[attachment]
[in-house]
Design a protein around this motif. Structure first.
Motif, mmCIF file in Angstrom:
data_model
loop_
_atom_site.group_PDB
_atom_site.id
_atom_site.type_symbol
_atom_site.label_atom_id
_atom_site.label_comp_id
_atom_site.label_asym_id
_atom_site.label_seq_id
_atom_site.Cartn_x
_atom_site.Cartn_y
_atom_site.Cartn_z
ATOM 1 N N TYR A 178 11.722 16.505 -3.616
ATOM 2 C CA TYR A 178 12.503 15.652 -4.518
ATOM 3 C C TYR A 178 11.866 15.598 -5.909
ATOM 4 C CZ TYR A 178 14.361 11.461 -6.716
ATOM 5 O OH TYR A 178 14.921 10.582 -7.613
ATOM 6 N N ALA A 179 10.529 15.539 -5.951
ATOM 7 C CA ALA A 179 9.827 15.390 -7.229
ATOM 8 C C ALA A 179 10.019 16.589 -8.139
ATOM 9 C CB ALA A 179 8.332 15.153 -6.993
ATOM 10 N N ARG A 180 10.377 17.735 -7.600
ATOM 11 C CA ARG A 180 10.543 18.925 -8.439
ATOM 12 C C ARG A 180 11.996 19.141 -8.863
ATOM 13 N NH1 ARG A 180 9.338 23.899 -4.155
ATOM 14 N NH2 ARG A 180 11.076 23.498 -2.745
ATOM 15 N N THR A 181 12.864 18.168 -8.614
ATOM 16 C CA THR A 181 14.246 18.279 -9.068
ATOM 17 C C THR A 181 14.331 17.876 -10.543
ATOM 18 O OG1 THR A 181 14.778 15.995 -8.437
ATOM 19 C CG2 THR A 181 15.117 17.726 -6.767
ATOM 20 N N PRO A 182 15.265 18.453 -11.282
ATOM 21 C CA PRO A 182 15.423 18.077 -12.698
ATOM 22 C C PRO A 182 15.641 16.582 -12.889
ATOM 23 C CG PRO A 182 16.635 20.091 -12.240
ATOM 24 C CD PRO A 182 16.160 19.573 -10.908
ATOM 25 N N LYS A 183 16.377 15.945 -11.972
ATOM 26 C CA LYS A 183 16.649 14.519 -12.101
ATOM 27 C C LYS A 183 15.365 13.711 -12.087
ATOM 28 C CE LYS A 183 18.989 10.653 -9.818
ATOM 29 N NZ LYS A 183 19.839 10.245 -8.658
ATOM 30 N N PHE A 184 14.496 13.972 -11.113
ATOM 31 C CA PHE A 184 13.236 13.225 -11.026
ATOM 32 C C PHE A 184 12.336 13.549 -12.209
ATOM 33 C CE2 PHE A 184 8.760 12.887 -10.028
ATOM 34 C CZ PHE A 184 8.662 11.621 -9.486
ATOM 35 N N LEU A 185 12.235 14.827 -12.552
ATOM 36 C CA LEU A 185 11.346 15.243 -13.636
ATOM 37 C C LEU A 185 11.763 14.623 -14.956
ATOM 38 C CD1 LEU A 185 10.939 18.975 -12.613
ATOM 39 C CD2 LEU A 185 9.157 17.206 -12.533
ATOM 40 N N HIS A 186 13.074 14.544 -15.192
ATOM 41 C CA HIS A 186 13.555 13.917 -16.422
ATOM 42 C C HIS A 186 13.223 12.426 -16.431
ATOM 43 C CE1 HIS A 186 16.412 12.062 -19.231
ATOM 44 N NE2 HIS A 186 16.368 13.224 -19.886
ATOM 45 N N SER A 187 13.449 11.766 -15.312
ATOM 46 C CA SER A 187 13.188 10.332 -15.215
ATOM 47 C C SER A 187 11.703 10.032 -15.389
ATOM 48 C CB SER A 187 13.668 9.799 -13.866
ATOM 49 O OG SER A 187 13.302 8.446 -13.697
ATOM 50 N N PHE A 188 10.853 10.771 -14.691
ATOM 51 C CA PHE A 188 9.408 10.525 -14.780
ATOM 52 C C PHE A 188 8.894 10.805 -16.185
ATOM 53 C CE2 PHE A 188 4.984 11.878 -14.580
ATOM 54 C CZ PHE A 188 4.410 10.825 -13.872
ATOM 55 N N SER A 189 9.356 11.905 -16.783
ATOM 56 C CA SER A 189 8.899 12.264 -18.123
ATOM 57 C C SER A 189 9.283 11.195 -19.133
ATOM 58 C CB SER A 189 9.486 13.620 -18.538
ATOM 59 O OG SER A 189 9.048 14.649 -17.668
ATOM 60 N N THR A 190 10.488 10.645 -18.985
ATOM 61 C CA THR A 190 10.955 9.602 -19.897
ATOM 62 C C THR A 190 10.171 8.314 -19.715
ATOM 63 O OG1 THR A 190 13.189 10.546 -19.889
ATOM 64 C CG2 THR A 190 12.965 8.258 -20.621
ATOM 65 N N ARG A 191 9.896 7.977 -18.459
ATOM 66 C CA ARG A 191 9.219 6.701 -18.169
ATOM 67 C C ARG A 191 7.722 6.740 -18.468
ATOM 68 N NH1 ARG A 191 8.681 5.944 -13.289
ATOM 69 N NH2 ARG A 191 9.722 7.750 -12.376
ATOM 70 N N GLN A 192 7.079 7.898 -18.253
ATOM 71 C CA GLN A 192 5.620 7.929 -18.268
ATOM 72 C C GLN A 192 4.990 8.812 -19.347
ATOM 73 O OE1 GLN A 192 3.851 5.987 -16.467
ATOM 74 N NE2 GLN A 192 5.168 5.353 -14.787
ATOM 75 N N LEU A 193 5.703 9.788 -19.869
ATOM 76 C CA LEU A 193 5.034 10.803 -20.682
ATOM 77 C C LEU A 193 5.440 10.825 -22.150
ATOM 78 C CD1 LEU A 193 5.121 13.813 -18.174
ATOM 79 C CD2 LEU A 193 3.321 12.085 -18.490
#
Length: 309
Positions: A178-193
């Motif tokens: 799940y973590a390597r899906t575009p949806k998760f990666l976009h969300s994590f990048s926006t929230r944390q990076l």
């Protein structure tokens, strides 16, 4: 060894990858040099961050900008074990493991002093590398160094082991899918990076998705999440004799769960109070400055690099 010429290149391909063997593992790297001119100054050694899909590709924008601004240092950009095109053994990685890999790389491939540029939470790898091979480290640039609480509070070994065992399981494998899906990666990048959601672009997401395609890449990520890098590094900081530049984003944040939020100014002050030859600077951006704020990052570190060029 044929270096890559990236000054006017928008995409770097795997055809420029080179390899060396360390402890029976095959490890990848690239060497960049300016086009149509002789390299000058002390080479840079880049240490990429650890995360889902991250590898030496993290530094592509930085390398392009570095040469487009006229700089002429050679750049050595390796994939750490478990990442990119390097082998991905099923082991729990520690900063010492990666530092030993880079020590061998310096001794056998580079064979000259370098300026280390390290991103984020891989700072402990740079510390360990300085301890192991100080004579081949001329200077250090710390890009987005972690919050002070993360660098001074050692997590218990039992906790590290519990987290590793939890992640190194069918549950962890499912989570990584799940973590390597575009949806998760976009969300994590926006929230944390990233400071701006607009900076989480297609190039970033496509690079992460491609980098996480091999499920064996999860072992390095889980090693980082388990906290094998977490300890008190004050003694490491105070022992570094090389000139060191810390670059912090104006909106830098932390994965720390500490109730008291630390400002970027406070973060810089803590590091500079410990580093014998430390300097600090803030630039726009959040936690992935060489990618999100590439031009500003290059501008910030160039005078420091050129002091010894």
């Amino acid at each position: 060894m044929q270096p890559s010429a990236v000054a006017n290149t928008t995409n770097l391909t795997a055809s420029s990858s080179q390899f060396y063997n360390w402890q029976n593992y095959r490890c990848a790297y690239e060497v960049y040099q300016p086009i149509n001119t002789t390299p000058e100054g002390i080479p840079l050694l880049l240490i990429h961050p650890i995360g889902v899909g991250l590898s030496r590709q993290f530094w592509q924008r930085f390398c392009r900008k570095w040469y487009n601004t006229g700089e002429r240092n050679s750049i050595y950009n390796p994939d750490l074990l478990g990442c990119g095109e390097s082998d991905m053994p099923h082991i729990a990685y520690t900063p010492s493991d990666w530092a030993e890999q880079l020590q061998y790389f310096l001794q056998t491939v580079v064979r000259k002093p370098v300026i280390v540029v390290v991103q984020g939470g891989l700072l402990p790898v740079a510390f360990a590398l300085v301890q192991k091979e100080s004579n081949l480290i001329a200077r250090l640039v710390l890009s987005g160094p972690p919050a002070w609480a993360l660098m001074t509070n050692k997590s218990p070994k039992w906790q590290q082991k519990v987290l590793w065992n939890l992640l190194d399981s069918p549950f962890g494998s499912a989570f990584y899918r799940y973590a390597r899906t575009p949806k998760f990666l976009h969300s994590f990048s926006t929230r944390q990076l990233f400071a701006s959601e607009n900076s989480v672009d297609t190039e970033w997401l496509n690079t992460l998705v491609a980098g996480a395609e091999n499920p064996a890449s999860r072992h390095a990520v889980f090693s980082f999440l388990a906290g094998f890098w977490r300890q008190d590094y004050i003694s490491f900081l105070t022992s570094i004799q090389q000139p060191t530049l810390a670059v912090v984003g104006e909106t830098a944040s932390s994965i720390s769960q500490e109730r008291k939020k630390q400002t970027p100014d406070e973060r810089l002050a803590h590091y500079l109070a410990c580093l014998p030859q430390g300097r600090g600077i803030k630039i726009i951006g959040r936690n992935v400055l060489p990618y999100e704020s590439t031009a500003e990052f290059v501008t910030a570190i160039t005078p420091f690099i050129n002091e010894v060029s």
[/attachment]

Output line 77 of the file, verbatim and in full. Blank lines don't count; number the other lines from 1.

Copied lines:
ATOM 62 C C THR A 190 10.171 8.314 -19.715